Is your child anxious and worried? Here’s how to respond in a positive, helpful way
No parent likes to see their child worried, stressed or anxious. The good news is that your response and support can make a big difference. Here’s what you can do to help.
Explain what anxiety is
Let the child know that feeling anxious or scared is normal. We all feel like that sometimes. It’s the brain’s way of helping us avoid danger and keeping us safe. Sometimes, we worry more than necessary. And some people are more prone to worry than other people are. It can exhibit in your body (shakes, tummy aches, and so on) and in your thoughts. The good news is that it is something we can deal with, and that you will try and help them manage it.
Accept their feelings
If a child says, “I’m scared,” don’t jump in with, “No you’re not!” or “Don’t be silly!” Help your child talk about their feelings. Listen. Feeling loved and understood helps lessen the anxiety.
Feeling loved and understood helps lessen the anxiety
If your child is terrified about going to the clinic for an injection, you need to empathise with their feelings and help them understand them. So, you might say, “I know you are scared, and I understand that. It’s okay to be scared, but this injection is important to keep you safe. I will be there to hold your hand and you will get through this.”
Help them manage the anxiety
It’s tempting to try and avoid situations that might trigger your child’s anxiety. That’s impossible. And avoidance makes things worse in the long run. It’s better to support your child in facing their fears. You can help by approaching the fear in small increments and building up the child’s confidence. So, if your child suffers from social anxiety, you can’t just let them stay in his room alone forever. Of course not. But neither are you going to drop them off at a huge party! Start with what they can handle – maybe an arrangement to take one friend for a milkshake after school, with you in attendance. Then build up to slightly longer playdates, perhaps first at your house, then at the friend’s house with you, then alone. Small positive steps build confidence and self-belief.
Don’t reinforce the fears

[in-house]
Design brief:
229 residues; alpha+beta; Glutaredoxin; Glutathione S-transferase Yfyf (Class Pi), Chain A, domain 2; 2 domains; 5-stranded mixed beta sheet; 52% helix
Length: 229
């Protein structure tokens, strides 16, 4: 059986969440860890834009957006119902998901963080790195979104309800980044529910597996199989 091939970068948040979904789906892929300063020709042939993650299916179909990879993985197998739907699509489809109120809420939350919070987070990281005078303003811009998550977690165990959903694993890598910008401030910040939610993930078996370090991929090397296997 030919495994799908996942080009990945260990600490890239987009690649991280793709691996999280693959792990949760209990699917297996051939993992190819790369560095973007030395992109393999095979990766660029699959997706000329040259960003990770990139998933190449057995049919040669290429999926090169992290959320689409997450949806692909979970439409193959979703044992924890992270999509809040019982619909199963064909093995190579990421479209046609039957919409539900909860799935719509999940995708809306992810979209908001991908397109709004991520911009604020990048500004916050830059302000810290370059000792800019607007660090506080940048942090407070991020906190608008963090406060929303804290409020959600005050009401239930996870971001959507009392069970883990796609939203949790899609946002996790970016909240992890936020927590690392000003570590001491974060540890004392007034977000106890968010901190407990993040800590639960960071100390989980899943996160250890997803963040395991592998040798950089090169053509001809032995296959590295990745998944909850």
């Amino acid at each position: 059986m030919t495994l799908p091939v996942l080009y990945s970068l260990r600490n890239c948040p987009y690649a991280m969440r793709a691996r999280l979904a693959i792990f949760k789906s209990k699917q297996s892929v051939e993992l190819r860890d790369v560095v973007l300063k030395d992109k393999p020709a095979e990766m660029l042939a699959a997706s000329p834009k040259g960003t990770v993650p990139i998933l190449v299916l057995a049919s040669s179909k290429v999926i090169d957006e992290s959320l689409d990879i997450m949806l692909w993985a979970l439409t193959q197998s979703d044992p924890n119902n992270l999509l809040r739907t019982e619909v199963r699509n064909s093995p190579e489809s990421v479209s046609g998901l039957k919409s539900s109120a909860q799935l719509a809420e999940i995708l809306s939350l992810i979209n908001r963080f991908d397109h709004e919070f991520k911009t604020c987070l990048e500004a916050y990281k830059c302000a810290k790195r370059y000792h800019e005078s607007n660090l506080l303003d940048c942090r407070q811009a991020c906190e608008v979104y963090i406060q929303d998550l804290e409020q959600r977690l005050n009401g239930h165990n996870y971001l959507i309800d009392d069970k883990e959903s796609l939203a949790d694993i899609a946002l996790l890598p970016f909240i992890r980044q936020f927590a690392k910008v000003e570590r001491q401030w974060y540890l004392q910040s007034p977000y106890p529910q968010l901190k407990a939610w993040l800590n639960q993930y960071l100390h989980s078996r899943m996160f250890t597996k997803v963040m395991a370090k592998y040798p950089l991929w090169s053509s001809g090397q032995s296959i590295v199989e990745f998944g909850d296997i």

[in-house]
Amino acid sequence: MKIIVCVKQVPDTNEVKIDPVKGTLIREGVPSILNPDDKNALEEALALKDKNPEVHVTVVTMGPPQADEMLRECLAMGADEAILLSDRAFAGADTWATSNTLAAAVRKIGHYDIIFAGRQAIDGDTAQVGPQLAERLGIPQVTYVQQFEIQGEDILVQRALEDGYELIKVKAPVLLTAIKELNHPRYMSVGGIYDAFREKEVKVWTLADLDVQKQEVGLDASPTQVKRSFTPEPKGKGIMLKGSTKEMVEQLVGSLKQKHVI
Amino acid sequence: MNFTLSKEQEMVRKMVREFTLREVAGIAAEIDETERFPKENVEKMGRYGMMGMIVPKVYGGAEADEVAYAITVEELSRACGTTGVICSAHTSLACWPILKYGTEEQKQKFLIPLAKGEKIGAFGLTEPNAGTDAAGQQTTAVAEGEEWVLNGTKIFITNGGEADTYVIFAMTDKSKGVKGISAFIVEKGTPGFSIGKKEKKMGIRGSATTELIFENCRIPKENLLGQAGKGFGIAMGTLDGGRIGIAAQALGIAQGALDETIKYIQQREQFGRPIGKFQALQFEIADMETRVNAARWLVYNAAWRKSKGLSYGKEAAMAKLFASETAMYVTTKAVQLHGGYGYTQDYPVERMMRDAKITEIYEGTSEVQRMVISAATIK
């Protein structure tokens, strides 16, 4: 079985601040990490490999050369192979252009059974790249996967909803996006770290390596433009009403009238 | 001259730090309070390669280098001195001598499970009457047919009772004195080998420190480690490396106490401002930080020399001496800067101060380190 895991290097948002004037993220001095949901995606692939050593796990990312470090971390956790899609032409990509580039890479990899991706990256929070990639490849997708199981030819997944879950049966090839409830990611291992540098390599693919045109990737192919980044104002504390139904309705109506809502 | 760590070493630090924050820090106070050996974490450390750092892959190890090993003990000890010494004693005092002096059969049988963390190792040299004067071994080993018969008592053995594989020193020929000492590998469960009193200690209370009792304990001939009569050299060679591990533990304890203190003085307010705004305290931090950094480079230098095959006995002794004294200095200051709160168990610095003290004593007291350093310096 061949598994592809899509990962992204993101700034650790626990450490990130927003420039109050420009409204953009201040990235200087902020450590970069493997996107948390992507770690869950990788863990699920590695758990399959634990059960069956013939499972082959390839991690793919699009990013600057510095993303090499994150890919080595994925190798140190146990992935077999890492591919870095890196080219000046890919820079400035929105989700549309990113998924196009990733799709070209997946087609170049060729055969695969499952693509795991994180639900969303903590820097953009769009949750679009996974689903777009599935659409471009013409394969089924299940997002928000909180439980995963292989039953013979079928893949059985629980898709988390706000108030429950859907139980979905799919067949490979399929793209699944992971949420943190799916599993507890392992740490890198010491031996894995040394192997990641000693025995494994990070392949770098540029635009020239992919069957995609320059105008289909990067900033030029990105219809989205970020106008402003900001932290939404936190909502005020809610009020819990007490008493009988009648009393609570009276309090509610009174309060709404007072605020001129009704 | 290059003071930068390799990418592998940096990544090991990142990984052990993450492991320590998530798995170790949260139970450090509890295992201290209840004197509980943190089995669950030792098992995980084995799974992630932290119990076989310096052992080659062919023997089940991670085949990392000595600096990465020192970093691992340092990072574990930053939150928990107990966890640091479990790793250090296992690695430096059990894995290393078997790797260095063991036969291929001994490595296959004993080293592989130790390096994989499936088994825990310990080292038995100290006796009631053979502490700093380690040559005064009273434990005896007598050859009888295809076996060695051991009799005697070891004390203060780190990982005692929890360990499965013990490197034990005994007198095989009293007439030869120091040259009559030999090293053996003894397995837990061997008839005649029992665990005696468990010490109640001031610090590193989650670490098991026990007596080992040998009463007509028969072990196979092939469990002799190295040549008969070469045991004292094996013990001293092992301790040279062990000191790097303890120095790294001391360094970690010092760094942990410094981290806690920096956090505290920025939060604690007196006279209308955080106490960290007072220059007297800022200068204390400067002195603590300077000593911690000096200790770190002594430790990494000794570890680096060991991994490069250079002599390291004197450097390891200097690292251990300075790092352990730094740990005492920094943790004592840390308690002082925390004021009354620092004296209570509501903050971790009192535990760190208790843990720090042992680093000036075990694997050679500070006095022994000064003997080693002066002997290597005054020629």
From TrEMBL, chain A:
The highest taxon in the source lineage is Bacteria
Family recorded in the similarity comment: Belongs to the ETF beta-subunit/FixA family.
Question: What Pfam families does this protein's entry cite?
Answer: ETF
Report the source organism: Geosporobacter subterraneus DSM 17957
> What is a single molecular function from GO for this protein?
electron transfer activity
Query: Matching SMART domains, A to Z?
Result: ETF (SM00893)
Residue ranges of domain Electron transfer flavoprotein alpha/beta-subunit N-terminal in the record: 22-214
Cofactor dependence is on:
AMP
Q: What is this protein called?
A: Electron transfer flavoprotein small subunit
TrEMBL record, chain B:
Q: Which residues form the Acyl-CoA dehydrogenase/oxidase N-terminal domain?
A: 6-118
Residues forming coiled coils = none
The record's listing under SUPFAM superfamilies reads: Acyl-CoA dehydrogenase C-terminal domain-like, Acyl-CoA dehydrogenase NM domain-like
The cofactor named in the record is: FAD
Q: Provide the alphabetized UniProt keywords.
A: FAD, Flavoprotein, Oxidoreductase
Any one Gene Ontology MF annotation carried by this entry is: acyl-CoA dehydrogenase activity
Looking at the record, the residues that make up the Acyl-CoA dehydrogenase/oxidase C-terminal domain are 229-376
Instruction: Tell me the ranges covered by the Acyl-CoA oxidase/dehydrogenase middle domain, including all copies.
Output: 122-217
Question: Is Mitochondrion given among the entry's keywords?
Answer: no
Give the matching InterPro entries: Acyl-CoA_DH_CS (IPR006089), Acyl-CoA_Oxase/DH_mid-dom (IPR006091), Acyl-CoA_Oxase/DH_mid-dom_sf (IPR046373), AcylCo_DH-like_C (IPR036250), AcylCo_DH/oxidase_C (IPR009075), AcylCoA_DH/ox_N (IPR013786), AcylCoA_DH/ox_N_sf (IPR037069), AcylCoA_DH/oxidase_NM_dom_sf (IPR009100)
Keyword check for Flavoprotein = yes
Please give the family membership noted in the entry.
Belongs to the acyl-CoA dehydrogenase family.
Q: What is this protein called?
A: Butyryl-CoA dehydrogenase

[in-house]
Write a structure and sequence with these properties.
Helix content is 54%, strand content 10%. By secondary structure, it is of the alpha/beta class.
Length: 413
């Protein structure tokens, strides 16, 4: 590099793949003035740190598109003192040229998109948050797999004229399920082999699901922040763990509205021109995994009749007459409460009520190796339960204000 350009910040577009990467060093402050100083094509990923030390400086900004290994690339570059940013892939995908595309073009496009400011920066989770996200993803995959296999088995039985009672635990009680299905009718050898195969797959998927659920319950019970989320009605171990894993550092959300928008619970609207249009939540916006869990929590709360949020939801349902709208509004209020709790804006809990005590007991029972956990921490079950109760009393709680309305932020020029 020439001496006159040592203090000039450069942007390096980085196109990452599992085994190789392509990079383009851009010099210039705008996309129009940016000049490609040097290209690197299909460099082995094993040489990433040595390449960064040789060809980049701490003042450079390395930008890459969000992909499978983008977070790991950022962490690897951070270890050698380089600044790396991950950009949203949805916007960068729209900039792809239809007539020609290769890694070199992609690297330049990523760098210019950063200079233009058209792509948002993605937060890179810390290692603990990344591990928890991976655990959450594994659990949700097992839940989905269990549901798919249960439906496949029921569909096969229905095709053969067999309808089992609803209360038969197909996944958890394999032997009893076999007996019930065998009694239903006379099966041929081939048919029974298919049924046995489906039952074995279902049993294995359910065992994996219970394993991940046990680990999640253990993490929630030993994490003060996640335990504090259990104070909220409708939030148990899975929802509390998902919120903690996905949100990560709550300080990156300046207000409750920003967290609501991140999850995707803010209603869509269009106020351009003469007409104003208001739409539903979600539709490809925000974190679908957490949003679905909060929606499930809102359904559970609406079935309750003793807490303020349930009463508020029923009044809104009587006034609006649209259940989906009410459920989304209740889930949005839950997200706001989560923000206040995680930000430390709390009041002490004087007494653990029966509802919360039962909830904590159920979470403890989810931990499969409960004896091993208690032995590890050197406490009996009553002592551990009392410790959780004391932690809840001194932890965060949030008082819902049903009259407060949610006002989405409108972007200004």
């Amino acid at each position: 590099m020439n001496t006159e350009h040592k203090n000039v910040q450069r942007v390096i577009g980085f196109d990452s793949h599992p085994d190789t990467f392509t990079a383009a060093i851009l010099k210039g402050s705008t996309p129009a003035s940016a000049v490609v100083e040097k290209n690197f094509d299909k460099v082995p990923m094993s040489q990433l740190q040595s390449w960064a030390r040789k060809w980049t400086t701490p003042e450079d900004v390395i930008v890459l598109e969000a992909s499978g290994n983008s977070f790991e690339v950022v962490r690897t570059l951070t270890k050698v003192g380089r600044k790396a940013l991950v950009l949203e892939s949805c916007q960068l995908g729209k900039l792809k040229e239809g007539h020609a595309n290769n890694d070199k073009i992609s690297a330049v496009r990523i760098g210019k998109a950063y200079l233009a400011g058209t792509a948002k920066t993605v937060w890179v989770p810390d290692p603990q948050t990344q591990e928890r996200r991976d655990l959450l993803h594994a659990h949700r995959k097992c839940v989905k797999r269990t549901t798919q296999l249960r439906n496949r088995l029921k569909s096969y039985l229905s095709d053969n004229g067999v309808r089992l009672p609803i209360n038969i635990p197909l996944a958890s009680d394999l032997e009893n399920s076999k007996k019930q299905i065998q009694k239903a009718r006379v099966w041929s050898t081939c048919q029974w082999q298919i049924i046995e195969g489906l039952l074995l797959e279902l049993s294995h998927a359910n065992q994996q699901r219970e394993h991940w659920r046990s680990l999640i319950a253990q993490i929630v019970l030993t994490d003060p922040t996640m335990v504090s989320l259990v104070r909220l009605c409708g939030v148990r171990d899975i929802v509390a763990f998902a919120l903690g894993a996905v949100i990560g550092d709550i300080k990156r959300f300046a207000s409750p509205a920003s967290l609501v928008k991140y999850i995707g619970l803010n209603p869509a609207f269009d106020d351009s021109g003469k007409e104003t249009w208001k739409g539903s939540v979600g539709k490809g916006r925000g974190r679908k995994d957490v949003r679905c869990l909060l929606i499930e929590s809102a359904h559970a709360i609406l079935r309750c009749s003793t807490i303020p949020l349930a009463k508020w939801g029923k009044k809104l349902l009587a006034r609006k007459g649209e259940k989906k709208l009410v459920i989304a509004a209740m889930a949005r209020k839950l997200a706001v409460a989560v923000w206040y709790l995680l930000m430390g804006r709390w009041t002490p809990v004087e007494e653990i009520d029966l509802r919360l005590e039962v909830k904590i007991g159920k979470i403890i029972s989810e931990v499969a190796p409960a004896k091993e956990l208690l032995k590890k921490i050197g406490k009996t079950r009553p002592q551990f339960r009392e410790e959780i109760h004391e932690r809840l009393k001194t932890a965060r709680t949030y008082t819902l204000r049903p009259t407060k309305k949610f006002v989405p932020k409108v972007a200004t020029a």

Say your child fell off a slide and hurt themselves, and their now scared of the play equipment. When you’re next at the park, their anxiety might set off your worry about how they will respond. Your tone and body language inadvertently give the impression that, hey, mom’s nervous, so should I be! Keep a calm, neutral tone and approach and convey confidence.
Don’t make promises you can’t keep
It’s tempting to offer assurances – “You are going to ace that test!” or “Of course no one is going to laugh at you” or “The dentist doesn’t hurt” – but you should never promise something that you don’t have control over. If the worst happens, your child loses faith and trust in you and is more anxious.
Be positive, but realistic. “The dentist is going to check your teeth. It only takes a few minutes. If they need to do anything else, they will make it as quick and painless as possible. I’ll be in the room with you and I’ll hold your hand the whole time if you want me to.” This way, you are able to assure him that you are not putting him in a situation he can’t handle.
Help them talk it through
Perhaps your child has separation anxiety and worries that you won’t fetch them on time. Talk through their anxious-making scenario. “I always try to be on time, but if there was a lot of traffic and I was late to fetch from swimming, what could you do?” Help them think and talk through options – they might go and speak to the swimming teacher, ask them to call you, or whatever. Having a plan can make a child less anxious.
But don’t overdo it!
Too much talk can make things worse, especially if you ask leading questions like, “Are you nervous about the party? Why? What do you think is going to happen? Is there anyone you are scared of?” If they wouldn’t nervous to start with, they might be now! If you want to ask, rather say something more neutral, like, “How are you feeling about the party?”
Prepare them (but not too early!)
Another good tip is not to start the worry too early – it tends to just get worse. That child having the injection. Better to let her know half an hour in advance than a week in advance and have her fretting for a week.
Stay in the now
People who are anxious tend to spend a lot of time worrying about the future. They’re concerned with, “What if…” scenarios. When anxiety strikes, it’s helpful to bring the child into the present. Mindfulness techniques like meditation and breathing can help bring the child into the no
w and relax body and mind. Try these:
There are many different techniques for relaxation breathing. Here’s one to try. Ask the child to hold up one hand with the fingers open. Using the index finger of the other hand, trace the shape of the hand slowly from thumb to pinky. Breath in on the upward stroke, out on the downwards stroke. Repeat on the other hand.
We tend to tense our muscles when we’re nervous or scared. Ask the child to tense a specific muscle group (e.g. feet and legs) for the count of five. Then release and notice the difference. Work toe to head, or head to toe.
All children get scared and nervous sometimes. But if your child’s struggle with anxiety is affecting sleep, school, self-esteem or socialising, it’s a good idea to speak to a professional like a therapist. It’s also worth speaking to the teacher or school, to alert them to the issue, and ask their help in monitoring and managing it, and giving your child support and understanding in potentially stressful situations. Most importantly, let your child know you love, accept, understand and support them.
By Katharine Liese, Marketing Lead at 1Life